Unilateral training is performing exercises on one side, such as single leg, or single arm, side plank. Our body is always figuring out ways to compensate for a lack of certain muscles or ranges of motion to achieve the desired move. Running is an extremely repetitive activity, especially road running. Our body tends to do small compensation to allow our hips, knees, and ankles to flex and extend in the running stride, and it tends to be magnified with increases in training volume. This can be caused by some weakness/muscle inhibition on one side of the body, which may force the other side of the body to work harder to compensate. Even if we tend to have a proper running form or stride, certain muscles and tendons may be working overtime to support inactive, weaker muscles. When we perform double leg exercises, like squats or even running, the weaker side of the body or muscles, the stronger side or stronger muscles have to work harder to support the weaker ones. Our double leg exercises might look balanced, but once we start doing some single leg, or single arm exercises, then we realize that some of our muscles on one side are weaker than others.
What can cause some muscle or tendon issues or injuries, is that over time, the stronger side may start to get tired from overuse and start to recruit other muscles and tendons that normally should not be supporting your training. For example, your knees are activated to try and stabilize your hips instead of your glutes. The running form might look balanced for a while but over the long term training, it can cause some serious injuries.
Performing unilateral exercises can expose weak muscles, help to identify asymmetries in the body so we can start to fix our muscle imbalances. Unilateral exercises can help to fix some injuries, but also prevent injuries. If we have any muscle or tendon issues, physio therapists will always recommend unilateral exercises to provide muscle repair and strengthening. When we have some weaker muscles on one side than the other, they tend to get disconnected from our brain. By performing unilateral exercises, we reconnect those weak muscles to our brain. Even when we run long-distances, once we get more tired, some muscles, especially glutes, tend to shut down and disconnect from our brain. To reactivate and reconnect our glutes regularly while we run, can help with our endurance, strength and performance, as well as preventing injuries.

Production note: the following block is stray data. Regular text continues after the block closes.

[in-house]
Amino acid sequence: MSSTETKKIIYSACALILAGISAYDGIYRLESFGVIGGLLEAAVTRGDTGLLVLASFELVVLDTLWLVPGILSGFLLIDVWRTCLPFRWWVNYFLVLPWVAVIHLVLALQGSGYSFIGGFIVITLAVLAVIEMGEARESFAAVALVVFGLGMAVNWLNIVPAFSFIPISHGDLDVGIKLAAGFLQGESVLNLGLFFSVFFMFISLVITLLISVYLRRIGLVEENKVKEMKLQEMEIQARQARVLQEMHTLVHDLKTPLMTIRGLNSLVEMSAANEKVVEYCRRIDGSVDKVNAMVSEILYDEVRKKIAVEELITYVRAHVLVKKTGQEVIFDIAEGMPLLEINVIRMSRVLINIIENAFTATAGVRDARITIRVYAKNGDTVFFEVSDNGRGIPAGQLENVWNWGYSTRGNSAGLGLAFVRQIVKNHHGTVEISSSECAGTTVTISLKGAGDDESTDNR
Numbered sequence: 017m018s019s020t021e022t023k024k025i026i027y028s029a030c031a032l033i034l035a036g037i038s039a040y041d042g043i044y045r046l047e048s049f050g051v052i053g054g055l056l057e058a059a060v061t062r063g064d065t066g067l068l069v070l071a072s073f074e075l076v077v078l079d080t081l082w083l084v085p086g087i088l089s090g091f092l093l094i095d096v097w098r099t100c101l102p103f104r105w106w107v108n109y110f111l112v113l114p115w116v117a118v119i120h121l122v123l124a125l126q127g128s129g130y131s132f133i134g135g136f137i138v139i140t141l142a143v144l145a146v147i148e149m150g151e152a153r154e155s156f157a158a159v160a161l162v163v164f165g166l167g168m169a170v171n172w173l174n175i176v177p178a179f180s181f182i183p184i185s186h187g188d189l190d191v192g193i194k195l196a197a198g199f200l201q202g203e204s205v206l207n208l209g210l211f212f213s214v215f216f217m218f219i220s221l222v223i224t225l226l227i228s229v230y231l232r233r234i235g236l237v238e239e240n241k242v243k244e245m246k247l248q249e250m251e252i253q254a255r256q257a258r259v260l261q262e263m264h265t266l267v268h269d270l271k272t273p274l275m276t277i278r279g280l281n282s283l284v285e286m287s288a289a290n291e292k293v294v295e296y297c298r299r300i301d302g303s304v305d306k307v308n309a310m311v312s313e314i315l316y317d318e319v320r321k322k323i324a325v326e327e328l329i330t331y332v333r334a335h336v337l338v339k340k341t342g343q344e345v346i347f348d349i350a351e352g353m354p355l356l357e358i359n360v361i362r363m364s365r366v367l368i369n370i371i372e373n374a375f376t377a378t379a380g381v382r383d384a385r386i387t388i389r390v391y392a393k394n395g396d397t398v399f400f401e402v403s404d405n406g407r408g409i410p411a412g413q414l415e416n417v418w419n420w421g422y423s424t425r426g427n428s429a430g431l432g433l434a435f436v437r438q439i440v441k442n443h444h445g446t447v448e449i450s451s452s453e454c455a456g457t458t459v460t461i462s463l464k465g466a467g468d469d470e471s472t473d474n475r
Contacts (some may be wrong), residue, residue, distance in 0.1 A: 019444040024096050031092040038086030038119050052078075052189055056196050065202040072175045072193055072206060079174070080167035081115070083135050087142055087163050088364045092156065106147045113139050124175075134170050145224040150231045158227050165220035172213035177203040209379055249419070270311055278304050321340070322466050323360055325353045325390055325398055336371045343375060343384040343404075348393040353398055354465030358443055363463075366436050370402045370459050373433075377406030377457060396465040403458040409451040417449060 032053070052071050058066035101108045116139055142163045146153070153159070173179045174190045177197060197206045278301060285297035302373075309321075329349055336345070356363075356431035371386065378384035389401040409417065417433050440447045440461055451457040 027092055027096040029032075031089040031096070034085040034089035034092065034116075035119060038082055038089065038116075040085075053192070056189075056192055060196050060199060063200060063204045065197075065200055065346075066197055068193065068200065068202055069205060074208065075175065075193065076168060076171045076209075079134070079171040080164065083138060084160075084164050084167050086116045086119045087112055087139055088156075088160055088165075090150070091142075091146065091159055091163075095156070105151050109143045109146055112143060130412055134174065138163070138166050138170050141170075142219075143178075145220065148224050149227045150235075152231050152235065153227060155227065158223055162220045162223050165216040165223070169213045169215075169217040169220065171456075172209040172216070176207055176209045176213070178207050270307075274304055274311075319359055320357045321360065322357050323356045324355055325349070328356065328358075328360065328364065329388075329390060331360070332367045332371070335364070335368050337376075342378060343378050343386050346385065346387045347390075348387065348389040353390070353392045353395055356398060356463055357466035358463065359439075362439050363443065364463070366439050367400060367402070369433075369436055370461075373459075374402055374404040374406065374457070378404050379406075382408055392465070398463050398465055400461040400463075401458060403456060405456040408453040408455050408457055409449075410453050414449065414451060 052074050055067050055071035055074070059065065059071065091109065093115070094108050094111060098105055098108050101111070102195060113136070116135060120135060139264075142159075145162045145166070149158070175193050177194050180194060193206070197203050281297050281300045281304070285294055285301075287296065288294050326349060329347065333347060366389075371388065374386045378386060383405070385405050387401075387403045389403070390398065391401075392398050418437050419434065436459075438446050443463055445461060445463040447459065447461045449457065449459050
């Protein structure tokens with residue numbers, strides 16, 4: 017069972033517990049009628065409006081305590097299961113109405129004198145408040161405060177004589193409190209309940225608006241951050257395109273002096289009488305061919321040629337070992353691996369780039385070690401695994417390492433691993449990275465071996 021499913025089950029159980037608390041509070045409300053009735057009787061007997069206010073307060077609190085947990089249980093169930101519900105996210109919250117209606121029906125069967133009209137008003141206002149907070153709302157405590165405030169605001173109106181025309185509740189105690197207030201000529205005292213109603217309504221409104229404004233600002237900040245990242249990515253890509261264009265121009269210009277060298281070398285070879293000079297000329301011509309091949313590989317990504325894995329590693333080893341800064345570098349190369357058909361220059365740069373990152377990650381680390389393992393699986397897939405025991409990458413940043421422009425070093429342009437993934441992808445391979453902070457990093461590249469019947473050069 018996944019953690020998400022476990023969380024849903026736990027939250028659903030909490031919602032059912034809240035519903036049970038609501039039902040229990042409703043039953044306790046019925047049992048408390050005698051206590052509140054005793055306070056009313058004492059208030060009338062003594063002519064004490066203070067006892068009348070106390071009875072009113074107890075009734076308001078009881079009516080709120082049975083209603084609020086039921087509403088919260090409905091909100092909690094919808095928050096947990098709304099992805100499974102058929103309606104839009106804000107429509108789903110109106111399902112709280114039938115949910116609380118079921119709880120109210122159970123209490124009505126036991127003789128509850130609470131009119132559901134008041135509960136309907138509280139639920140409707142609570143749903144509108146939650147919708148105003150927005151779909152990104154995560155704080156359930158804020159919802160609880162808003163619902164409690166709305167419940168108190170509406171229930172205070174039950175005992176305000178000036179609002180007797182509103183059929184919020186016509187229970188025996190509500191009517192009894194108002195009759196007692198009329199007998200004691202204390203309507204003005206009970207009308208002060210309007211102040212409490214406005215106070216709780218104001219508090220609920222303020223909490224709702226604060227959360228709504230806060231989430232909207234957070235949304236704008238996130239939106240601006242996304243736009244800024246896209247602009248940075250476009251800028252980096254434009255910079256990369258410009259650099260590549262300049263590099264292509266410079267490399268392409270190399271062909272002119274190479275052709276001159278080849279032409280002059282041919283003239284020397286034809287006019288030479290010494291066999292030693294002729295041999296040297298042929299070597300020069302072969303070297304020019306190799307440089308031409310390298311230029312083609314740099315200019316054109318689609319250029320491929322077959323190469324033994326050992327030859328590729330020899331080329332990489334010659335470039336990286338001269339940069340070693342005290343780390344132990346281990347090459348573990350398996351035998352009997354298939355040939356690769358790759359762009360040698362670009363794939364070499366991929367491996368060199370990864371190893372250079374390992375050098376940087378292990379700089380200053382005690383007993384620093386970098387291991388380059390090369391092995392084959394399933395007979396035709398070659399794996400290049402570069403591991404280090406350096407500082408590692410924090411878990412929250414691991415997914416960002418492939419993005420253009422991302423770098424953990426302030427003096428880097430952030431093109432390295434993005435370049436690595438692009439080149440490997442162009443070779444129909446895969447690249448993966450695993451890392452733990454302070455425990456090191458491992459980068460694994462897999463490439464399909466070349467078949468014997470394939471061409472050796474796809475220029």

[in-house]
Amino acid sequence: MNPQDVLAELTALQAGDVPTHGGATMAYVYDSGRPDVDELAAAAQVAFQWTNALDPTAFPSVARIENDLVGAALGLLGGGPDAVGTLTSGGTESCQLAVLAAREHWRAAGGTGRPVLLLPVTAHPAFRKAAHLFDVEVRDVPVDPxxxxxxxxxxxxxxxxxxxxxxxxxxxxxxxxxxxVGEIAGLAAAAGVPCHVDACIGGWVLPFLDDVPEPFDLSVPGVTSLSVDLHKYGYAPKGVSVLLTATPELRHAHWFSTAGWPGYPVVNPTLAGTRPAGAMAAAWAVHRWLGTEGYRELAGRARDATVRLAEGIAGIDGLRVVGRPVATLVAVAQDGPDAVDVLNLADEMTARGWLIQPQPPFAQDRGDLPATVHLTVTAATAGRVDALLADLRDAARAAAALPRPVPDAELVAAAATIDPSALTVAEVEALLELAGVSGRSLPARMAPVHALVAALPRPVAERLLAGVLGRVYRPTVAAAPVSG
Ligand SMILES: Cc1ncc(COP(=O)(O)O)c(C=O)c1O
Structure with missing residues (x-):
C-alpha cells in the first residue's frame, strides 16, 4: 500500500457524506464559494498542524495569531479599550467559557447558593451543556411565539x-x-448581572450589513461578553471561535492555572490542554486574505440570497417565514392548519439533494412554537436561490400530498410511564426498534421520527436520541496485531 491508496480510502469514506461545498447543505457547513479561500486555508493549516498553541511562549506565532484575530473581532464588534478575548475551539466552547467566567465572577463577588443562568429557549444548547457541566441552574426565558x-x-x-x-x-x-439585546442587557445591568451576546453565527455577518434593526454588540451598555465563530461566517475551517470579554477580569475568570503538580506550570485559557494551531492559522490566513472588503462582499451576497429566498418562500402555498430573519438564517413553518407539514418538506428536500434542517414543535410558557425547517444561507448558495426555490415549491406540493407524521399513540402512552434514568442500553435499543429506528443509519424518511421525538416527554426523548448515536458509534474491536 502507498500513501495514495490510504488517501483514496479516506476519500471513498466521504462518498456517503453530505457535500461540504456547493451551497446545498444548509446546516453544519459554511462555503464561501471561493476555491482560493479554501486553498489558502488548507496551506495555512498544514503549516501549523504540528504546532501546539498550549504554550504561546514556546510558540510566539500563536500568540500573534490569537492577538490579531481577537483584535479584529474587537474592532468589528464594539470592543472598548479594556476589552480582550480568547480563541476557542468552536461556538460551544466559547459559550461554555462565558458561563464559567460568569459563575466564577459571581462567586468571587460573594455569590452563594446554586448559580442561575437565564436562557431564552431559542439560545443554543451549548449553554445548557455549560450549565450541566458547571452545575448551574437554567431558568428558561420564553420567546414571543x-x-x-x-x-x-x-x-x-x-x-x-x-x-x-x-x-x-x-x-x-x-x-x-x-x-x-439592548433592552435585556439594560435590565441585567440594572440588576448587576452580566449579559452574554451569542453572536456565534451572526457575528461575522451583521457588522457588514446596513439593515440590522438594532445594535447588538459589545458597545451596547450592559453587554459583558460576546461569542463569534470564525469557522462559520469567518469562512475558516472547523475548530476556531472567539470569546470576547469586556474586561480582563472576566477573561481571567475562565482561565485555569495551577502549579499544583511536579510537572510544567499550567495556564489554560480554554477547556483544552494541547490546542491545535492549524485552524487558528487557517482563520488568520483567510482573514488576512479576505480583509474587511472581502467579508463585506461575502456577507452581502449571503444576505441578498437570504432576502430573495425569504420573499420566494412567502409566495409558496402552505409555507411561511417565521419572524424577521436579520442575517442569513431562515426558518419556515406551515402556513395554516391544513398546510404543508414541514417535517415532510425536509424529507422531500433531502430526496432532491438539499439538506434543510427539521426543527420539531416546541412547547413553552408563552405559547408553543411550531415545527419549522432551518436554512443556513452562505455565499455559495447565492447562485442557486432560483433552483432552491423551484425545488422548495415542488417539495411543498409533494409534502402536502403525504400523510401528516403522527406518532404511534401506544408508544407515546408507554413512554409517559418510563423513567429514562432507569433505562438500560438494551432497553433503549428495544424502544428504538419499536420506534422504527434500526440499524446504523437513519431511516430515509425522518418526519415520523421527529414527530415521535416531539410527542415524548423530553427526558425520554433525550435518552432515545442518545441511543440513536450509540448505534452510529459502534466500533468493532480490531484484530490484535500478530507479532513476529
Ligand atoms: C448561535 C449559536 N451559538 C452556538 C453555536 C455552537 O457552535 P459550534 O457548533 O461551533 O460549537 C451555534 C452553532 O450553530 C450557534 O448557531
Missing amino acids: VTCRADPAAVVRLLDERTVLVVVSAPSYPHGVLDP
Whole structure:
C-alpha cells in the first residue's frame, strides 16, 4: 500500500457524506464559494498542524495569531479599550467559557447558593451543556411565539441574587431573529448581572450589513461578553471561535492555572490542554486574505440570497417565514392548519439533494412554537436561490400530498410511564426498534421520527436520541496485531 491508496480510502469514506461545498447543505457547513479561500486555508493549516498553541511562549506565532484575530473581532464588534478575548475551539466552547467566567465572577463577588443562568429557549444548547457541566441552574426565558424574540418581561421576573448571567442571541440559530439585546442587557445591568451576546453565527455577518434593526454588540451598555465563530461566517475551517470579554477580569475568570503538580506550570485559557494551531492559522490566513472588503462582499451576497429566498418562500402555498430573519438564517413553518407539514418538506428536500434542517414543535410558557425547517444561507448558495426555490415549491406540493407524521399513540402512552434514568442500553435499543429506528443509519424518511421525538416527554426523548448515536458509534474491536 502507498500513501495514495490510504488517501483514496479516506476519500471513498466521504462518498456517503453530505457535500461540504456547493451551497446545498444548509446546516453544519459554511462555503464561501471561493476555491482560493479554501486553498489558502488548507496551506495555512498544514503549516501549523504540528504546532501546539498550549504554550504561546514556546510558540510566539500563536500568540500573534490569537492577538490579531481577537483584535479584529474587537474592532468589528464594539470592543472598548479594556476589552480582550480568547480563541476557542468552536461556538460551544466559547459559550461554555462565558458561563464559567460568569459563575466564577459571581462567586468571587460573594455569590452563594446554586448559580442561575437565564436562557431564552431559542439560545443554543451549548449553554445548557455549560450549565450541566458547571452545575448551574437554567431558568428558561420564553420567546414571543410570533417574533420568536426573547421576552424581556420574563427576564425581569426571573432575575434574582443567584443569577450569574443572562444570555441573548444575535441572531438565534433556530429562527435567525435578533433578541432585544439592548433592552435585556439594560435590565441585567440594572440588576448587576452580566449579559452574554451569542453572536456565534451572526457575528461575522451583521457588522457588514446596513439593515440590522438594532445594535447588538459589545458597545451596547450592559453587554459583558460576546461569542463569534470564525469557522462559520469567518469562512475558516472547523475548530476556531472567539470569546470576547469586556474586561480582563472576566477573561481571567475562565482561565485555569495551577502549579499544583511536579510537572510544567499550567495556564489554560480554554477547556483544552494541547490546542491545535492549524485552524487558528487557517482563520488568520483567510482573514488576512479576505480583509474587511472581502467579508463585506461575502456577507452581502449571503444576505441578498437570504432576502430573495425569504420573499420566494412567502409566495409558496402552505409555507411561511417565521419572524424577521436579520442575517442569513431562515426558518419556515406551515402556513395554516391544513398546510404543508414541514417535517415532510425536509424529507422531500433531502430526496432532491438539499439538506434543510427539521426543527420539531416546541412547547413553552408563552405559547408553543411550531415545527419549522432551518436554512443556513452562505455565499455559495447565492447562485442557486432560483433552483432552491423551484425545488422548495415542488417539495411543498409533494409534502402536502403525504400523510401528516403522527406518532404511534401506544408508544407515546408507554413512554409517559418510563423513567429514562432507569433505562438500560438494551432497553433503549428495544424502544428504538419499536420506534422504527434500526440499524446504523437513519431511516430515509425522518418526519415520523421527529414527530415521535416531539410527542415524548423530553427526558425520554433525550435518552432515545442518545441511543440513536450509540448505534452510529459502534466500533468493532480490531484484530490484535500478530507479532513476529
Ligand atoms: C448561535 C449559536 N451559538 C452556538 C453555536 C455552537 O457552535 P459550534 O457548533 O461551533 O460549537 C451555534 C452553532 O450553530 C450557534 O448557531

Benefits of Unilateral Exercises for Runners
- Correct and reduce imbalances that could cause injuries
- Build core stability
- Build functional strength
- Improve your proprioception and mind-body connection
Unilateral exercises force each side to work and strengthen independently, which can help correct imbalances. When we work on each side independently, our stronger more dominant side muscles can’t compensate and take over. When we perform bilateral moves (squats, bridge, both arms strength exercises), we can compensate, we can rely on our dominant side. This will create imbalances which can lead to injuries. If we don’t strengthen our weaker side or underactive muscles, we can get some intense aches and pain on both side of our body.
All the unilateral exercises can improve our balance, core stability and mind-body connection. Standing on one foot, or loading on one side like a side plank, or perform single arm row or single arm press up adds in an element of instability, which challenges our core. Standing on one foot, we activate all those stabilizing muscles that will improve our balance. When performing unilateral exercises, we have to focus on our weaker muscles, we can add a few extra reps on the weaker side to help those muscles get as strong as the other side.
Performing these unilateral exercises will help prevent injuries, truly fix our running form, increase our strength, and running speed and performance.
Unilateral Exercises for Runners
- Single-Leg Deadlift
- Single-Leg Squat
- Single-Leg Bridge
- Single-Leg Hop
- Single-Leg Box Jump
- Single-Leg Wall Sit
- Fire Hydrant
- Single-Arm Dumbbell Press Up
- Single-Arm Dumbbell Bicep Curl
- Single-Arm Dumbbell Row
- Single-Arm Dumbbell Tricep Extension
- Single-Arm Resistance Band Power Pull
- Side Plank
- Side Plank Star (leg lift)
- Side Plank Hip Dip
- Plank Shoulder Tap
- Plank Single-Arm Dumbbell Row Rotation Press Up
- Single-Leg Push Ups
- Plank Opposite Arm and Leg Lift
Perform 15 reps or 30 seconds for each exercise/each side 2-3 sets.
Perform Single Muscle Exercises, Balance the Body, Run Stronger!